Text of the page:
New species of butterfly discovered in Jamaica04/12/2012 15:46:49
Skipper butterfly in new species
University of Florida scientists have co-authored the study describing a new Lepidoptera species found in Jamaica's last remaining wilderness.
"My co-authors on this paper, Vaughn Turland and Delano Lewis, are really excited because they think this butterfly has the potential to be a new sort of flagship species for Jamaican habitat conservation, because it's a black and gold butterfly living in a green habitat, which together comprise the Jamaican national colours," said study co-author Andy Warren, senior collections manager at the McGuire Center for Lepidoptera and Biodiversity at the Florida Museum of Natural History. "Whether or not a tiny little butterfly is going to attract the type of conservation interest that the giant Homerus Swallowtail in Jamaica has remains to be seen."
Very small butterfly
Warren co-authored a study in Tropical Lepidoptera Research, a bi-annual print journal, describing Troyus turneri, which was discovered in the Cockpit Country, Jamaica's last wilderness. The first new species discovered in Jamaica in 17 years was named based on one female and one male specimen collected within a quarter mile of each another.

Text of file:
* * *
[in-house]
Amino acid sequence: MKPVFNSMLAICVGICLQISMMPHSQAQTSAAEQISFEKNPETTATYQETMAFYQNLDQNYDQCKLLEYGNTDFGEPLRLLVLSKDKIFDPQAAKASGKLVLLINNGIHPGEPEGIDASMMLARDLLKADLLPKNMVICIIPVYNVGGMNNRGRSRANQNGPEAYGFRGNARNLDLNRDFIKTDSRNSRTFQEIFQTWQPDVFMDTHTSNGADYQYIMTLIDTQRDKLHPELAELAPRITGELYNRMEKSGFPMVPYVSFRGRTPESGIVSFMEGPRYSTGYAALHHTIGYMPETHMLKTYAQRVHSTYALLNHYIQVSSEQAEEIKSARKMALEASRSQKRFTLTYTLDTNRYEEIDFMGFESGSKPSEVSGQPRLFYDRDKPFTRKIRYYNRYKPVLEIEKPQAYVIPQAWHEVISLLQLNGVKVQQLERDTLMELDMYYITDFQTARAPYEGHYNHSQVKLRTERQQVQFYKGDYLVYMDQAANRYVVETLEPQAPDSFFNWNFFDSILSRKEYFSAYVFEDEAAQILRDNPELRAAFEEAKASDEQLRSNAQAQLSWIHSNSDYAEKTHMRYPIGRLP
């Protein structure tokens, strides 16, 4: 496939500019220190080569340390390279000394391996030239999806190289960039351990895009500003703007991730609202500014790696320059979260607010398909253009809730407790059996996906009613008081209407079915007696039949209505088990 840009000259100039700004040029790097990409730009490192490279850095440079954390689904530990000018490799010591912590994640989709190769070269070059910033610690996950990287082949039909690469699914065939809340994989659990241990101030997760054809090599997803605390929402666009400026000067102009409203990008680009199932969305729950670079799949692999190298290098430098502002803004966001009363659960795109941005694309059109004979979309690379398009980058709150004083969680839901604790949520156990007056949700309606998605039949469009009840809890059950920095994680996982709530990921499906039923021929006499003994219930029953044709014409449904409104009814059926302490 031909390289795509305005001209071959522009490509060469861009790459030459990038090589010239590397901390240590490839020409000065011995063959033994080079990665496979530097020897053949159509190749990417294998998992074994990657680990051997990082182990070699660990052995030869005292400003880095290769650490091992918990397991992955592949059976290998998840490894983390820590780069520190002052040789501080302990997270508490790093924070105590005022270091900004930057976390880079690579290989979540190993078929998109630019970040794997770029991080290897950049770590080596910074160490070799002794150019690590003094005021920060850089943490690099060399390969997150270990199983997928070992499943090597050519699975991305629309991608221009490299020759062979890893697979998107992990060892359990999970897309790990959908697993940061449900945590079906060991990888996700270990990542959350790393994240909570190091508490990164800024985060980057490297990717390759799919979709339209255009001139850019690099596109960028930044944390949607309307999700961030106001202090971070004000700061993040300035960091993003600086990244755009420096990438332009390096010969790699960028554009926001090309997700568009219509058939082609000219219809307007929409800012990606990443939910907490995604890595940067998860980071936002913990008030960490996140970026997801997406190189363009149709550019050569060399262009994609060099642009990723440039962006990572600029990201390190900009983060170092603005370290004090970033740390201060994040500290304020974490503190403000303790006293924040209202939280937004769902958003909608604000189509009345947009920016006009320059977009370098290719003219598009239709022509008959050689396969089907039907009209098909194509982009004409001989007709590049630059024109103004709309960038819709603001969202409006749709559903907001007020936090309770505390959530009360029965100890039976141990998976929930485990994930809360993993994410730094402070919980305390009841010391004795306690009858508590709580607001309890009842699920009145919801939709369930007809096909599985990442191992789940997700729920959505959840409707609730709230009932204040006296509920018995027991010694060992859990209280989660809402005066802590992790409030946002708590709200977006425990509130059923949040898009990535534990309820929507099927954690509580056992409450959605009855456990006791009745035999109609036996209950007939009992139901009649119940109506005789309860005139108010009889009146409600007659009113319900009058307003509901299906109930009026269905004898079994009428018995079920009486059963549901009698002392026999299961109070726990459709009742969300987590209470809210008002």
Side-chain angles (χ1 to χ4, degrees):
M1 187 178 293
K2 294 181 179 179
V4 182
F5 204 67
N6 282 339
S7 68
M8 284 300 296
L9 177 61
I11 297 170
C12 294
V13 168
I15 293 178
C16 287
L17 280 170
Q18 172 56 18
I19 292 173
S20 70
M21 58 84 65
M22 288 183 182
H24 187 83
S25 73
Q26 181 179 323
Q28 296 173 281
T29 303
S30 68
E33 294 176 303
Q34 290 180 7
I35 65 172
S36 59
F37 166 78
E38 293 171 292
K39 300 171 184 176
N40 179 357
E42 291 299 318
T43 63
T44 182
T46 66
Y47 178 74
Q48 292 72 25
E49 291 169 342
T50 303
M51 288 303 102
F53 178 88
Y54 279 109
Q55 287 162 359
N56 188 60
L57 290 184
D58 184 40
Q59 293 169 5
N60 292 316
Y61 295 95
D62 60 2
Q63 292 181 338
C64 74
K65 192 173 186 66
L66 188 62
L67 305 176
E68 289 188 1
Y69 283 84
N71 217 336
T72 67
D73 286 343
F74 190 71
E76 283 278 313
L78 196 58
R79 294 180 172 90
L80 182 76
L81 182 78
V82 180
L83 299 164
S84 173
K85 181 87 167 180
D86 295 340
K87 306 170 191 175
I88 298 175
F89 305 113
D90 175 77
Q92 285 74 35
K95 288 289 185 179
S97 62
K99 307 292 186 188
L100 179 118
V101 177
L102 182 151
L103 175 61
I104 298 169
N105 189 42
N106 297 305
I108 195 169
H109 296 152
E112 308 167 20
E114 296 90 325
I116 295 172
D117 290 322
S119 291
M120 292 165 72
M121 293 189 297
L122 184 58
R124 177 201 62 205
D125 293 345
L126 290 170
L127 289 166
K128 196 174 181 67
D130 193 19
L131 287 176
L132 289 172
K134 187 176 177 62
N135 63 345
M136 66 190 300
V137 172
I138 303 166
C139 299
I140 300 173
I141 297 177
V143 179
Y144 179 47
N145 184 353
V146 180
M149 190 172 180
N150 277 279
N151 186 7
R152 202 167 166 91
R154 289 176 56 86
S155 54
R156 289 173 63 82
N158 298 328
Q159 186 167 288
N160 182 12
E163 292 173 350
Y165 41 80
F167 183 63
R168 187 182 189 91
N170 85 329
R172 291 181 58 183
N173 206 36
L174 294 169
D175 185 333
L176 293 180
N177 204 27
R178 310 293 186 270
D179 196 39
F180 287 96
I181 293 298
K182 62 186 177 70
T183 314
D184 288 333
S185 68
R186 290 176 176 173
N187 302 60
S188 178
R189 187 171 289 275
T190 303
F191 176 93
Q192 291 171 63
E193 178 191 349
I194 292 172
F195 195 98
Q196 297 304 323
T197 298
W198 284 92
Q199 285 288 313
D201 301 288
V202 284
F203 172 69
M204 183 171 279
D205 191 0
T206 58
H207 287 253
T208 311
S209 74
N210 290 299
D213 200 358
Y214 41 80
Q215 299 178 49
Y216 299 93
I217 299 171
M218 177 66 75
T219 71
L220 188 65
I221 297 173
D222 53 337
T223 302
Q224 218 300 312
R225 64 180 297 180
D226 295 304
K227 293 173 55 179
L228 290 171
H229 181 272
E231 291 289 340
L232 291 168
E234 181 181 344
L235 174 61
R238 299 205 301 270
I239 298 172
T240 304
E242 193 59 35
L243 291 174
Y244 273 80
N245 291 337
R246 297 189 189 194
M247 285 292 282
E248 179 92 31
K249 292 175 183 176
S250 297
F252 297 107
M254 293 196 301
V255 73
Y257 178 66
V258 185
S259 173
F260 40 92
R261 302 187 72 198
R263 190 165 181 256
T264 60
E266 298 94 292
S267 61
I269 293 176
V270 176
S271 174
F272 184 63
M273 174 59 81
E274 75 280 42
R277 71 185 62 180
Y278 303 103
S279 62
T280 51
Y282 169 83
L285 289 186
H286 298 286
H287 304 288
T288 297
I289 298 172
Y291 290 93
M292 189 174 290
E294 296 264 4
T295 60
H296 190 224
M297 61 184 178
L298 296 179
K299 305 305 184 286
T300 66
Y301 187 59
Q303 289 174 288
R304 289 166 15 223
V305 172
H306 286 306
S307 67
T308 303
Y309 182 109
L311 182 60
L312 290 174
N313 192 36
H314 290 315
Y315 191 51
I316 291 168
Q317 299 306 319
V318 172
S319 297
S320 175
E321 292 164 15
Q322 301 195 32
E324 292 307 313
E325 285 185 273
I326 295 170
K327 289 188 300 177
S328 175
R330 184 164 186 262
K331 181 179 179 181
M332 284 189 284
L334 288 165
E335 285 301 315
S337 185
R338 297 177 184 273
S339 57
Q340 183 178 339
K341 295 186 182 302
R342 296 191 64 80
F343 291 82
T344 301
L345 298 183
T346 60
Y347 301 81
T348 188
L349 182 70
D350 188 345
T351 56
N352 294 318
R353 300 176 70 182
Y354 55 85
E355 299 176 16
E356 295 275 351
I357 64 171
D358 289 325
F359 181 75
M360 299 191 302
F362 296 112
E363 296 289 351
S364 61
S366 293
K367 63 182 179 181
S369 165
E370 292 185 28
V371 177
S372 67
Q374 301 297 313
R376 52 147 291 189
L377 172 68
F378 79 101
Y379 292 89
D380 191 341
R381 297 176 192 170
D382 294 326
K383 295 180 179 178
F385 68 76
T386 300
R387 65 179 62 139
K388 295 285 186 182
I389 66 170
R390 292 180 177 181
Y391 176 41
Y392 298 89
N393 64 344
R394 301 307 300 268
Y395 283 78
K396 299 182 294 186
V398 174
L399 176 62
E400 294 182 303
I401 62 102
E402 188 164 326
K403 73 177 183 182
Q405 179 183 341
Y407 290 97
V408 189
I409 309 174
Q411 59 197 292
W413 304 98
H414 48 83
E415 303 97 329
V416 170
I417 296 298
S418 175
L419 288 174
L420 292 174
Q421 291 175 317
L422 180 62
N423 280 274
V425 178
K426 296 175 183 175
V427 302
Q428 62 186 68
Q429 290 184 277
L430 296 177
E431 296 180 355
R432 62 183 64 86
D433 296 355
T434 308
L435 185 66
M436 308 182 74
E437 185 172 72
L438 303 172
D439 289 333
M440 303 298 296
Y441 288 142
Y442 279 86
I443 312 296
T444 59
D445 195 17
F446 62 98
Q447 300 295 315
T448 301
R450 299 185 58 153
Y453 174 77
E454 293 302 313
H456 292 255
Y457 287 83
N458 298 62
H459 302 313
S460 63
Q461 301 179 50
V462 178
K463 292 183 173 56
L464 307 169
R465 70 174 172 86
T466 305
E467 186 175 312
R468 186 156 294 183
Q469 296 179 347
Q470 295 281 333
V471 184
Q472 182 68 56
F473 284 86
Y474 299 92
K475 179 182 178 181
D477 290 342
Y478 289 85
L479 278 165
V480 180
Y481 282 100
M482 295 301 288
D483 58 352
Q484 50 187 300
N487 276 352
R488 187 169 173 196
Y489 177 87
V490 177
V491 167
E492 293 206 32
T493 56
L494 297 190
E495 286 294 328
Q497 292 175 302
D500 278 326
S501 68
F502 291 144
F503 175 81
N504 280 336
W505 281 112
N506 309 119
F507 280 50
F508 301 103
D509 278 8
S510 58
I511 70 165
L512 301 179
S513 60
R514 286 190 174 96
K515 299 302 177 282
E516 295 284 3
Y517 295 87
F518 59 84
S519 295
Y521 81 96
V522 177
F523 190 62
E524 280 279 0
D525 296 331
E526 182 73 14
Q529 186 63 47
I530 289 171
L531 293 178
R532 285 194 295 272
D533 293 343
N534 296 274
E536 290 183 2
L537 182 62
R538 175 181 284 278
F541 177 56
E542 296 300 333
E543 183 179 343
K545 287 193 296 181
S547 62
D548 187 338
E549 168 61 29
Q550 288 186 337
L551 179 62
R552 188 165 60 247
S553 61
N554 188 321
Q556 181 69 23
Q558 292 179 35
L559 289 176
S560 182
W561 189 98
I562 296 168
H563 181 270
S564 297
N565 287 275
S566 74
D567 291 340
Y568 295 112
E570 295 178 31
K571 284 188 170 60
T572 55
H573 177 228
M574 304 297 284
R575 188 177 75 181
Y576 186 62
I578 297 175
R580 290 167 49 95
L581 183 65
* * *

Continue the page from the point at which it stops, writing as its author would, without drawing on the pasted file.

The fact this new genus was discovered on an island thought to be well-known, 17 years after a new species had last been described, really shows the need for biodiversity studies, said Torben Larsen, a lepidopterist who specializes in skippers.
"There aren't so many butterflies in Jamaica and for a new one to turn up, I think it was an absolutely remarkable catch," said Larsen, who is affiliated with the African Butterfly Research Institute. "It really points to the need for continued and in-depth study of the fauna of butterflies, and in general, to get all of these things caught and put in a museum at least, because they do tend to be in rather special habitats."
"We knew right away it was a new species because there's just nothing else that looks like it, but it took several months to determine that it actually should go in its own new genus," Warren said. "Of all the butterflies that are unique to Jamaica, this one is arguably the most unique - every other butterfly on the island has other congeneric species either on another island or on the mainland, but this one doesn't have any close relatives anywhere."
135th species of butterfly in Jamaica
"One of the goals of biologists is to describe the Earth's species richness before it's all gone, and of course we never know what we're going to find in any of these organisms, be it some unique chemical compound that could provide the cure for cancer or any other number of diseases," Warren said. "We don't want to lose anything that could be potentially beneficial for ourselves and for the planet."
The study appears in today Tropical Lepidoptera Research, a bi-annual print journal.